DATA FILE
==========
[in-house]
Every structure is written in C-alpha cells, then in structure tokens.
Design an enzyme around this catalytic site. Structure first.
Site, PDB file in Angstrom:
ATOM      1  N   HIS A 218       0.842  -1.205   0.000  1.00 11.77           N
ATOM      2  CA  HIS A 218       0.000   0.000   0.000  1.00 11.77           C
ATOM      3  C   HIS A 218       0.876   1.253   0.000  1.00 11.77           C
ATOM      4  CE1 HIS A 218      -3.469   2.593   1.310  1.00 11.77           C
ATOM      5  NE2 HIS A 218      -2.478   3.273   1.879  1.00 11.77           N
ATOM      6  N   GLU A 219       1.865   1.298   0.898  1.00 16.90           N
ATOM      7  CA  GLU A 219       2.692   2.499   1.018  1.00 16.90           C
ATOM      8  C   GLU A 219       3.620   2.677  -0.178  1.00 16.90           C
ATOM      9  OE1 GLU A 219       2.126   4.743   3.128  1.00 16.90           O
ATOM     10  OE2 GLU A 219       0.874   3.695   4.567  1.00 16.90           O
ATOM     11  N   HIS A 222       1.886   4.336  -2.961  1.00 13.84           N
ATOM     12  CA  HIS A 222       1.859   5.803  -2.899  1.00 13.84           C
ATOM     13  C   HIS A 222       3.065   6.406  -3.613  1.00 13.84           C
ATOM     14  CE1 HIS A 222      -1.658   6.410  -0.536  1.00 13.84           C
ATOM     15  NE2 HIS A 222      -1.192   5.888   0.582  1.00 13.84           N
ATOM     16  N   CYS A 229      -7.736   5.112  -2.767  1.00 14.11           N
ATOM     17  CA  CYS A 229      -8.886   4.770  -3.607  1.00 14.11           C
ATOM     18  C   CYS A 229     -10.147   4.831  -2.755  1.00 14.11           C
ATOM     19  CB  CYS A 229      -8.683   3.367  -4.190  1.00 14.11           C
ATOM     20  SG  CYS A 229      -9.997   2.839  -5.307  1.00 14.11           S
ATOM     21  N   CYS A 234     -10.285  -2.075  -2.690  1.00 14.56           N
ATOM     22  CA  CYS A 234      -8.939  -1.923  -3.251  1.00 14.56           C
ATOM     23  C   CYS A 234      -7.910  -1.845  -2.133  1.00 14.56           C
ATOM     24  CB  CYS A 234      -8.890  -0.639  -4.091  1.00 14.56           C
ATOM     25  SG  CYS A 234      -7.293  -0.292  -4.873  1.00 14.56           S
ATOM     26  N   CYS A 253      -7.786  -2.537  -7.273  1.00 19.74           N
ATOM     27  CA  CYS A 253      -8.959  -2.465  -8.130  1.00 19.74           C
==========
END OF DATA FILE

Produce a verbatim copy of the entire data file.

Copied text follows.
[in-house]
Every structure is written in C-alpha cells, then in structure tokens.
Design an enzyme around this catalytic site. Structure first.
Site, PDB file in Angstrom:
ATOM      1  N   HIS A 218       0.842  -1.205   0.000  1.00 11.77           N
ATOM      2  CA  HIS A 218       0.000   0.000   0.000  1.00 11.77           C
ATOM      3  C   HIS A 218       0.876   1.253   0.000  1.00 11.77           C
ATOM      4  CE1 HIS A 218      -3.469   2.593   1.310  1.00 11.77           C
ATOM      5  NE2 HIS A 218      -2.478   3.273   1.879  1.00 11.77           N
ATOM      6  N   GLU A 219       1.865   1.298   0.898  1.00 16.90           N
ATOM      7  CA  GLU A 219       2.692   2.499   1.018  1.00 16.90           C
ATOM      8  C   GLU A 219       3.620   2.677  -0.178  1.00 16.90           C
ATOM      9  OE1 GLU A 219       2.126   4.743   3.128  1.00 16.90           O
ATOM     10  OE2 GLU A 219       0.874   3.695   4.567  1.00 16.90           O
ATOM     11  N   HIS A 222       1.886   4.336  -2.961  1.00 13.84           N
ATOM     12  CA  HIS A 222       1.859   5.803  -2.899  1.00 13.84           C
ATOM     13  C   HIS A 222       3.065   6.406  -3.613  1.00 13.84           C
ATOM     14  CE1 HIS A 222      -1.658   6.410  -0.536  1.00 13.84           C
ATOM     15  NE2 HIS A 222      -1.192   5.888   0.582  1.00 13.84           N
ATOM     16  N   CYS A 229      -7.736   5.112  -2.767  1.00 14.11           N
ATOM     17  CA  CYS A 229      -8.886   4.770  -3.607  1.00 14.11           C
ATOM     18  C   CYS A 229     -10.147   4.831  -2.755  1.00 14.11           C
ATOM     19  CB  CYS A 229      -8.683   3.367  -4.190  1.00 14.11           C
ATOM     20  SG  CYS A 229      -9.997   2.839  -5.307  1.00 14.11           S
ATOM     21  N   CYS A 234     -10.285  -2.075  -2.690  1.00 14.56           N
ATOM     22  CA  CYS A 234      -8.939  -1.923  -3.251  1.00 14.56           C
ATOM     23  C   CYS A 234      -7.910  -1.845  -2.133  1.00 14.56           C
ATOM     24  CB  CYS A 234      -8.890  -0.639  -4.091  1.00 14.56           C
ATOM     25  SG  CYS A 234      -7.293  -0.292  -4.873  1.00 14.56           S
ATOM     26  N   CYS A 253      -7.786  -2.537  -7.273  1.00 19.74           N
ATOM     27  CA  CYS A 253      -8.959  -2.465  -8.130  1.00 19.74           C